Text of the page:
“One element of a human pelvis comes from an area with an exceptionally high concentration of butchered animal remains, suggesting that an infant corpse was thrown into an area already filled with discarded, decaying animal parts. Other portions of a skeleton were found resting directly on the floor of a workshop area and elements of a third child were found pushed or swept up against the interior wall of an aristocratic residence.”

This is where Tuck and his team started to encounter pushback following January’s AIA presentation in Seattle. How could Tuck so casually treat infant mortality, or, even worse, infanticide, asked some evangelicals? Why not just describe the bones and leave it at that, asked some paleoanthropologists? Couldn’t the bones have been placed at the site as a result of some later catastrophe or disruption, asked a biological anthropologist? Wasn’t this just another example of how nasty, brutish and short life was in the savage past, declared the tabloids? Let’s not go blaming the Romans, demanded Roman archaeologists.

The bones themselves, says Tuck, limit the possible narratives. It remains highly likely that the bodies “were simply discarded within the debris associated with other bone and unused animal material.” As in much of the ancient world, infants in Poggio Civitate – and especially the infants of slaves and workers – were not accorded the death rituals accorded to adults, and do not generally appear in cemetery plots.

“Troubling though it may be to modern sensibilities, it seems probable that a rigidly hierarchical social system at Poggio Civitate is reflected in the discarding of this infant’s remains,” Tuck told the Seattle gathering. “If workers there were slaves or even a free population drawn from elements of the community’s lowest social orders, it is entirely possible that an infant born to a woman within that class group would not have merited even the limited ritual treatment reserved for perinatal deaths.”

The only narrative that Tuck rejects categorically is the one that dismissively ascribes superiority to modern societies. We may be more like the Etruscans than we like to believe to disparate value to we attach to the lives of children.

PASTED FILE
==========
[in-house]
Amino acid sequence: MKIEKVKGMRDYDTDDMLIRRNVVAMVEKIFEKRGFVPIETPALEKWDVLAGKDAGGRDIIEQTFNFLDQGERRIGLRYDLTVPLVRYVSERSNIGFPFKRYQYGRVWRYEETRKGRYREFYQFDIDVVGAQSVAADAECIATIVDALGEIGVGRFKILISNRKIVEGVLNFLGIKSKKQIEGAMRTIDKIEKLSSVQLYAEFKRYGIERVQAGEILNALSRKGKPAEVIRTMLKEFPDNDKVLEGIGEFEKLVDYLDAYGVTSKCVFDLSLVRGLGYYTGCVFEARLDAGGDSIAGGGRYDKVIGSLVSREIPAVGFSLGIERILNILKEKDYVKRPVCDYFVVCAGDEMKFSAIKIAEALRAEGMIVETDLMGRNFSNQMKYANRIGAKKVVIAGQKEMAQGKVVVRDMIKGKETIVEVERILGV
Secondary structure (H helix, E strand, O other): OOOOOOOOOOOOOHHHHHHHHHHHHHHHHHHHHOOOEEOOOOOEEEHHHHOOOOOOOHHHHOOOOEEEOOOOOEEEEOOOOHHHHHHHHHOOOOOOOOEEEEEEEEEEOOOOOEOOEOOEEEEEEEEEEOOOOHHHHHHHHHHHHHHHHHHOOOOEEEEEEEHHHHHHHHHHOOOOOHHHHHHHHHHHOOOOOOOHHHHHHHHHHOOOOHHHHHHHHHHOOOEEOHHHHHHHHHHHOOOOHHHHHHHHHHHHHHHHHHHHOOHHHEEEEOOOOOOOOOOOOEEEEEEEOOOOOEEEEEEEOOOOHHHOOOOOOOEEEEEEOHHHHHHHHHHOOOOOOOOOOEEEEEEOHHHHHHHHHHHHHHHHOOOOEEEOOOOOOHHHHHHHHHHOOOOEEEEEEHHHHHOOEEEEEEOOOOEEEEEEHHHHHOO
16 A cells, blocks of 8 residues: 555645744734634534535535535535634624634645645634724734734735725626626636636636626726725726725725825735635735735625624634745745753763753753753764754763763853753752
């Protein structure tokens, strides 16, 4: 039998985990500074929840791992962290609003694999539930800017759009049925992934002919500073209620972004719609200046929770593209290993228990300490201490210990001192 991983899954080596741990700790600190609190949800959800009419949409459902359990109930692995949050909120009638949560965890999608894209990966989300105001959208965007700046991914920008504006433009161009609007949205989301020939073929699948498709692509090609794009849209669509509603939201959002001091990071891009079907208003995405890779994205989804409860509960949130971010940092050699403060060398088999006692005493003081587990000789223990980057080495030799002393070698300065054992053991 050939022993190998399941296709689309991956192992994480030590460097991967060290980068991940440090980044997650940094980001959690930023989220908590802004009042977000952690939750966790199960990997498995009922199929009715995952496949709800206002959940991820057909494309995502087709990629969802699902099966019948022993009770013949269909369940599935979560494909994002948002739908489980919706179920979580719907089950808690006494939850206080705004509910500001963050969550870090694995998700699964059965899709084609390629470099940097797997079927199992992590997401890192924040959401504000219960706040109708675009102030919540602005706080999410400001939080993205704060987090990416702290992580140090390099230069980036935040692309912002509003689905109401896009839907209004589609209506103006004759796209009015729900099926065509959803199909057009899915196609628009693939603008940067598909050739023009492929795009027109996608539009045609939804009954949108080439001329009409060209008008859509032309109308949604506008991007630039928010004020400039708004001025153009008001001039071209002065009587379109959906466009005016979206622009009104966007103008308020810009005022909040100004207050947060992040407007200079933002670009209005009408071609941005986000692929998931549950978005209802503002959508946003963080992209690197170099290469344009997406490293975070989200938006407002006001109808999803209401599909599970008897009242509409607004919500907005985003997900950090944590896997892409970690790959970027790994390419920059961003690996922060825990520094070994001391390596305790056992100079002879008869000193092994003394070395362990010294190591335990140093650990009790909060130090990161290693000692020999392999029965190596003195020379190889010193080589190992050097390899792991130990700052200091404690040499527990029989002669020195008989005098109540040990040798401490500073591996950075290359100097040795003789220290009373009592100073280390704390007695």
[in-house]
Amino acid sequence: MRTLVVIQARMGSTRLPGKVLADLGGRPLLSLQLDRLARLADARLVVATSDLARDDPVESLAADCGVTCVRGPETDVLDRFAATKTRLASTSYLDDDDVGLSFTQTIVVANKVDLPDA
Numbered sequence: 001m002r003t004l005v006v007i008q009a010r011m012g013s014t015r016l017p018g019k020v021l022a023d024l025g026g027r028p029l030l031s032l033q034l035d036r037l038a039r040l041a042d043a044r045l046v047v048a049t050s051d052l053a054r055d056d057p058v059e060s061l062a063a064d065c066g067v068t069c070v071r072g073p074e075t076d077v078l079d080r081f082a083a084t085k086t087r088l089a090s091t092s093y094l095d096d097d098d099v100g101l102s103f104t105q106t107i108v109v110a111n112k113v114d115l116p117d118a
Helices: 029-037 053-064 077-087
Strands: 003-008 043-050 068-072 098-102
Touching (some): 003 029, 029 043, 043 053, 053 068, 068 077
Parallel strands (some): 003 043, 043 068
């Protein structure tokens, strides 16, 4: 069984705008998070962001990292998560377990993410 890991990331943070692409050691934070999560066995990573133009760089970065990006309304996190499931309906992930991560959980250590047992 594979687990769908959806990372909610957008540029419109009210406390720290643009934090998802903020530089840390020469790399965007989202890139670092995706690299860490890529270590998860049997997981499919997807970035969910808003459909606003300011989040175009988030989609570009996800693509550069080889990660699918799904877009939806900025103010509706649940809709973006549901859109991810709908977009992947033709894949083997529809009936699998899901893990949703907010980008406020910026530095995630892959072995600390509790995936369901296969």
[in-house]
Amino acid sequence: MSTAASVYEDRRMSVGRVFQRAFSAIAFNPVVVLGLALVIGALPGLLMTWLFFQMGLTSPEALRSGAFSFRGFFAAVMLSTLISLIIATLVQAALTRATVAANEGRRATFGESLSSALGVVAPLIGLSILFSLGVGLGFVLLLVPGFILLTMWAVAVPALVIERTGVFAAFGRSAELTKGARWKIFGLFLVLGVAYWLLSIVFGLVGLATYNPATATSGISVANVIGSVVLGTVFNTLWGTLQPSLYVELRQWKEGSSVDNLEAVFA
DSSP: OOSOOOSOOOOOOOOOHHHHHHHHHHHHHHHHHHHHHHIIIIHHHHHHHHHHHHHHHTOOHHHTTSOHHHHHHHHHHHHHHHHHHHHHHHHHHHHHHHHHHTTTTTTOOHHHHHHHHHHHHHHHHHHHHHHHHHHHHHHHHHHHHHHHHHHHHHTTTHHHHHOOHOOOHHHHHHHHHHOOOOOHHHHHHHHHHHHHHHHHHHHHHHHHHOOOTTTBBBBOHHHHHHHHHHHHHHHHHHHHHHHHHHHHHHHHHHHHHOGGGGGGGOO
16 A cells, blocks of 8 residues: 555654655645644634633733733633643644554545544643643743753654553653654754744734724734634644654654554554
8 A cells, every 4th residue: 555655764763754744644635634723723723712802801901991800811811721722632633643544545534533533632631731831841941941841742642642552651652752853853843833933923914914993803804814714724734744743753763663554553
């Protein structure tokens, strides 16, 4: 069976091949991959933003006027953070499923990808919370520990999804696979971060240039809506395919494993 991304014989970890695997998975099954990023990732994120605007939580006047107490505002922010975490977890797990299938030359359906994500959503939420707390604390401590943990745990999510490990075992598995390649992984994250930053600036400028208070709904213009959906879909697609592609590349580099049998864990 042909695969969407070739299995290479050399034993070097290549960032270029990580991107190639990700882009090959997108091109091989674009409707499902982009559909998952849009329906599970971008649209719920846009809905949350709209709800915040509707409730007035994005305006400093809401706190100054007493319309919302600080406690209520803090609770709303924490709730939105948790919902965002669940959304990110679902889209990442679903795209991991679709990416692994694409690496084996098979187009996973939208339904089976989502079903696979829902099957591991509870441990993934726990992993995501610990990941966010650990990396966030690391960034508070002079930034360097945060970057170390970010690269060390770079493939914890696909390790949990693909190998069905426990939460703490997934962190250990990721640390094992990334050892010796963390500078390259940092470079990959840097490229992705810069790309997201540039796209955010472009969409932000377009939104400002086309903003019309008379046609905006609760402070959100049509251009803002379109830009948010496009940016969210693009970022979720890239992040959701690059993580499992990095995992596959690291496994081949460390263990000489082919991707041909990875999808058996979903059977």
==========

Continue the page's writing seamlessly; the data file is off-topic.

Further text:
“Any modern discomfort at treatment of these infants at Poggio Civitate is a little misplaced,” Tuck says. “What we should find more offensive to our modern sensibilities is really the profound manner in which societies maintain systems of caste and ranking that allow one group to effectively dehumanize another. This is exactly what happens when an infant’s corpse is discarded in the trash – the child is treated in a manner that reflects the communities’ perception of it as something other or less than fully a person.

“It’s hard to argue that we don’t place different cultural values on children’s lives and assign greater or lesser value upon their deaths – for any number of subtle, nuanced and culturally complex reasons. We just don’t like to admit it.”

… we first mentioned this back in the wake of the AIA/APA shindig (Discarding Babies at Poggio Civitate?) … see there for a link to Kristinia Kilgrove’s response to that paper. At least no one is tossing around a ‘there must be a brothel’ here theory …

Roman Glass-Making ‘District’ from Pozzuoli

The incipit of a piece from ANSA:

An ancient road on which glass-making workshops of artisans renowned for their skill in the first century A.D. of the Roman Empire has been found near Naples. The road, Clivius Vitrarius, recently surfaced in Pozzuoli during excavations for maintenance work on a modern road. The unexpected discovery occurred when the road sunk after heavy rain. In repairing it, workers came across archaeological finds and called the experts in from the Naples superintendent’s office, who in turn brought to light ancient structures near the area which housed Roman baths, as reported by the newspaper Corriere del Mezzogiorno. The latest excavations have added interesting historical information on Clivius Vitrarious, the road of the glass-making artisans famous throughout the Roman Empire, alongside their artisan counterparts north of modern-day Milan. […]

… the article goes on to talk about Pompeii and the upcoming ‘restoration’ for some reason …